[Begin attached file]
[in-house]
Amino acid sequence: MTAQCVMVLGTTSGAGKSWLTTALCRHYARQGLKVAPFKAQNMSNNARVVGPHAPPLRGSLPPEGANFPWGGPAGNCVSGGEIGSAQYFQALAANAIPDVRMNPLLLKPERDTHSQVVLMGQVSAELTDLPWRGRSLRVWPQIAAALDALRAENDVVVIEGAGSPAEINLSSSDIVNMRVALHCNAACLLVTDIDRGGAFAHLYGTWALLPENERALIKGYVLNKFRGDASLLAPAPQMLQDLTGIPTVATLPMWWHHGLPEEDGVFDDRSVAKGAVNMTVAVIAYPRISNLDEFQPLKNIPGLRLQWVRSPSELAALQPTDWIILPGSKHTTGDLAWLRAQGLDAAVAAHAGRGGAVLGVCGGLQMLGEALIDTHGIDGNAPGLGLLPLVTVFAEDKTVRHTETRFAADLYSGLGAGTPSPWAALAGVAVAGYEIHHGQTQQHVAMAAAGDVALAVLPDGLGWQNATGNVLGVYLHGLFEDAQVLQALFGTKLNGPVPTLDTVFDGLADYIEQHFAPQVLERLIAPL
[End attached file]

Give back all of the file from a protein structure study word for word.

[in-house]
Amino acid sequence: MTAQCVMVLGTTSGAGKSWLTTALCRHYARQGLKVAPFKAQNMSNNARVVGPHAPPLRGSLPPEGANFPWGGPAGNCVSGGEIGSAQYFQALAANAIPDVRMNPLLLKPERDTHSQVVLMGQVSAELTDLPWRGRSLRVWPQIAAALDALRAENDVVVIEGAGSPAEINLSSSDIVNMRVALHCNAACLLVTDIDRGGAFAHLYGTWALLPENERALIKGYVLNKFRGDASLLAPAPQMLQDLTGIPTVATLPMWWHHGLPEEDGVFDDRSVAKGAVNMTVAVIAYPRISNLDEFQPLKNIPGLRLQWVRSPSELAALQPTDWIILPGSKHTTGDLAWLRAQGLDAAVAAHAGRGGAVLGVCGGLQMLGEALIDTHGIDGNAPGLGLLPLVTVFAEDKTVRHTETRFAADLYSGLGAGTPSPWAALAGVAVAGYEIHHGQTQQHVAMAAAGDVALAVLPDGLGWQNATGNVLGVYLHGLFEDAQVLQALFGTKLNGPVPTLDTVFDGLADYIEQHFAPQVLERLIAPL